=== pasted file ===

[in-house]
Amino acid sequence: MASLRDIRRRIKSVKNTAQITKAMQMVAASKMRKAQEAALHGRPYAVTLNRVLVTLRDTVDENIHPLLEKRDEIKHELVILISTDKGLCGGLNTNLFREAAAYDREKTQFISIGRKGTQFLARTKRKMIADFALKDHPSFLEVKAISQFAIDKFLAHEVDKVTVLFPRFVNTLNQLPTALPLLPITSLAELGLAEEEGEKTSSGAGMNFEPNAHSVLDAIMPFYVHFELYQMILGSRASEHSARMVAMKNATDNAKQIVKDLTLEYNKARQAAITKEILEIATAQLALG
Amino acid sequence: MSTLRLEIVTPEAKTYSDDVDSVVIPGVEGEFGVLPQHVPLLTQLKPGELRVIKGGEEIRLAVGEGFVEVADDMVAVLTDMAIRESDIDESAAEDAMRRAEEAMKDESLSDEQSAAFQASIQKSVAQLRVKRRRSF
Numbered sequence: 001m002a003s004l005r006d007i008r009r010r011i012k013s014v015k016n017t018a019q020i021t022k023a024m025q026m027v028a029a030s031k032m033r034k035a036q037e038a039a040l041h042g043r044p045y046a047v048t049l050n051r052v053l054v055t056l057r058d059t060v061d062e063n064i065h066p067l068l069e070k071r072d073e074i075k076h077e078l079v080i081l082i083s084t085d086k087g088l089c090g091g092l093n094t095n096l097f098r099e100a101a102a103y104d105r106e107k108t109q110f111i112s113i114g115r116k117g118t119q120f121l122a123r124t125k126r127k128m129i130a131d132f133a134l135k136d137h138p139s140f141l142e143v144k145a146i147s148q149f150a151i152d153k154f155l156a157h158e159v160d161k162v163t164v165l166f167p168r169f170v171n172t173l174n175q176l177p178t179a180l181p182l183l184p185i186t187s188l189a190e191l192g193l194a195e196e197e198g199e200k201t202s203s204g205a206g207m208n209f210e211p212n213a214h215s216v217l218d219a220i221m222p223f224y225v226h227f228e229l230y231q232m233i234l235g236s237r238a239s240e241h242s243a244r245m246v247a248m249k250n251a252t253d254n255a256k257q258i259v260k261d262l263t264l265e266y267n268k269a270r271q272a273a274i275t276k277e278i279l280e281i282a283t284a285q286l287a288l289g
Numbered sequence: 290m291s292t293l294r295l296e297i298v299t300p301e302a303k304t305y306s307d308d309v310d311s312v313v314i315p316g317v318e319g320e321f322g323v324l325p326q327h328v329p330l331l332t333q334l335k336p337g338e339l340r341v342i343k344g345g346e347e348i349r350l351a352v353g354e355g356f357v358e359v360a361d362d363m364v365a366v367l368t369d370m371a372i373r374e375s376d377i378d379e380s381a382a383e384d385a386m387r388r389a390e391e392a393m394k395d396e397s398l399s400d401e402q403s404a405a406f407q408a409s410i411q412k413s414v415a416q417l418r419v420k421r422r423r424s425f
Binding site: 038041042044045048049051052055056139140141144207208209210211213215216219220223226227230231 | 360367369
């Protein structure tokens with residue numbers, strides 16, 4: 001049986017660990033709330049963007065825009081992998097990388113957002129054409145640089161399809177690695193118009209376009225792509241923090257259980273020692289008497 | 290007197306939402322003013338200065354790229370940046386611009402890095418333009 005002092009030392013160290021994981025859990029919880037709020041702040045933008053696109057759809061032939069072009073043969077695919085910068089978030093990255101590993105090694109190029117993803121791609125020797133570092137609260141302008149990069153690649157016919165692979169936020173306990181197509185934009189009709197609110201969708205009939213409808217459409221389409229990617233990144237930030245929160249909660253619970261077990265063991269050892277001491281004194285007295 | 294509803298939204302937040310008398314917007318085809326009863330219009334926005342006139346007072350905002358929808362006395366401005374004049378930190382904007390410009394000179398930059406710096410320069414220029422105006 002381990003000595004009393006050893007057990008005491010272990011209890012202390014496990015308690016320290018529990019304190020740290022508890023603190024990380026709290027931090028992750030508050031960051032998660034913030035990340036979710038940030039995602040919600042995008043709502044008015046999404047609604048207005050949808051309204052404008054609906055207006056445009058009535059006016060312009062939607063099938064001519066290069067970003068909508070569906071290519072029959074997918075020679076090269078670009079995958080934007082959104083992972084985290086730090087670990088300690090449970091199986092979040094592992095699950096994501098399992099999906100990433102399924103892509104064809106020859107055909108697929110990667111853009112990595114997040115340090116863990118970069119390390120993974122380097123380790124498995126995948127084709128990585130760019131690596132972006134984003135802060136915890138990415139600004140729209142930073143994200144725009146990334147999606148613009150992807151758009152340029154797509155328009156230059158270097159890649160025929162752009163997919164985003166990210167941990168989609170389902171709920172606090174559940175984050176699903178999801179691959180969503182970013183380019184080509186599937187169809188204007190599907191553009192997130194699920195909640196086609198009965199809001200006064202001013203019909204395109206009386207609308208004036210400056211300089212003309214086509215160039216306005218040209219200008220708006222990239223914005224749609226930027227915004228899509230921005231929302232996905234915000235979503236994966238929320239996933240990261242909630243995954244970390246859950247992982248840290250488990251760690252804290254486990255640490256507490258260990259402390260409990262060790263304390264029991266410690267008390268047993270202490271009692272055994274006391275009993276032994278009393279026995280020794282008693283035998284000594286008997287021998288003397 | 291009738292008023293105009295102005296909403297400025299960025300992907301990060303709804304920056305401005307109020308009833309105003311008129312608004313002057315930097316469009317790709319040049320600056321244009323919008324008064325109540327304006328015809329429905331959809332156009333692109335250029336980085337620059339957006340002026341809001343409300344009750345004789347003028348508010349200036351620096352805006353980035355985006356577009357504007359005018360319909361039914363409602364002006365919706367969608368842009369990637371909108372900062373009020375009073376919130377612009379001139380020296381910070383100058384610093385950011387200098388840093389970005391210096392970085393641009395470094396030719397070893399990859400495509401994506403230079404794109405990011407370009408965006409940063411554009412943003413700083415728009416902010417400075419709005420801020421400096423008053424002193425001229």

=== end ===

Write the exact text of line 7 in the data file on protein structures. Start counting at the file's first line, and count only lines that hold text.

């Protein structure tokens with residue numbers, strides 16, 4: 001049986017660990033709330049963007065825009081992998097990388113957002129054409145640089161399809177690695193118009209376009225792509241923090257259980273020692289008497 | 290007197306939402322003013338200065354790229370940046386611009402890095418333009 005002092009030392013160290021994981025859990029919880037709020041702040045933008053696109057759809061032939069072009073043969077695919085910068089978030093990255101590993105090694109190029117993803121791609125020797133570092137609260141302008149990069153690649157016919165692979169936020173306990181197509185934009189009709197609110201969708205009939213409808217459409221389409229990617233990144237930030245929160249909660253619970261077990265063991269050892277001491281004194285007295 | 294509803298939204302937040310008398314917007318085809326009863330219009334926005342006139346007072350905002358929808362006395366401005374004049378930190382904007390410009394000179398930059406710096410320069414220029422105006 002381990003000595004009393006050893007057990008005491010272990011209890012202390014496990015308690016320290018529990019304190020740290022508890023603190024990380026709290027931090028992750030508050031960051032998660034913030035990340036979710038940030039995602040919600042995008043709502044008015046999404047609604048207005050949808051309204052404008054609906055207006056445009058009535059006016060312009062939607063099938064001519066290069067970003068909508070569906071290519072029959074997918075020679076090269078670009079995958080934007082959104083992972084985290086730090087670990088300690090449970091199986092979040094592992095699950096994501098399992099999906100990433102399924103892509104064809106020859107055909108697929110990667111853009112990595114997040115340090116863990118970069119390390120993974122380097123380790124498995126995948127084709128990585130760019131690596132972006134984003135802060136915890138990415139600004140729209142930073143994200144725009146990334147999606148613009150992807151758009152340029154797509155328009156230059158270097159890649160025929162752009163997919164985003166990210167941990168989609170389902171709920172606090174559940175984050176699903178999801179691959180969503182970013183380019184080509186599937187169809188204007190599907191553009192997130194699920195909640196086609198009965199809001200006064202001013203019909204395109206009386207609308208004036210400056211300089212003309214086509215160039216306005218040209219200008220708006222990239223914005224749609226930027227915004228899509230921005231929302232996905234915000235979503236994966238929320239996933240990261242909630243995954244970390246859950247992982248840290250488990251760690252804290254486990255640490256507490258260990259402390260409990262060790263304390264029991266410690267008390268047993270202490271009692272055994274006391275009993276032994278009393279026995280020794282008693283035998284000594286008997287021998288003397 | 291009738292008023293105009295102005296909403297400025299960025300992907301990060303709804304920056305401005307109020308009833309105003311008129312608004313002057315930097316469009317790709319040049320600056321244009323919008324008064325109540327304006328015809329429905331959809332156009333692109335250029336980085337620059339957006340002026341809001343409300344009750345004789347003028348508010349200036351620096352805006353980035355985006356577009357504007359005018360319909361039914363409602364002006365919706367969608368842009369990637371909108372900062373009020375009073376919130377612009379001139380020296381910070383100058384610093385950011387200098388840093389970005391210096392970085393641009395470094396030719397070893399990859400495509401994506403230079404794109405990011407370009408965006409940063411554009412943003413700083415728009416902010417400075419709005420801020421400096423008053424002193425001229």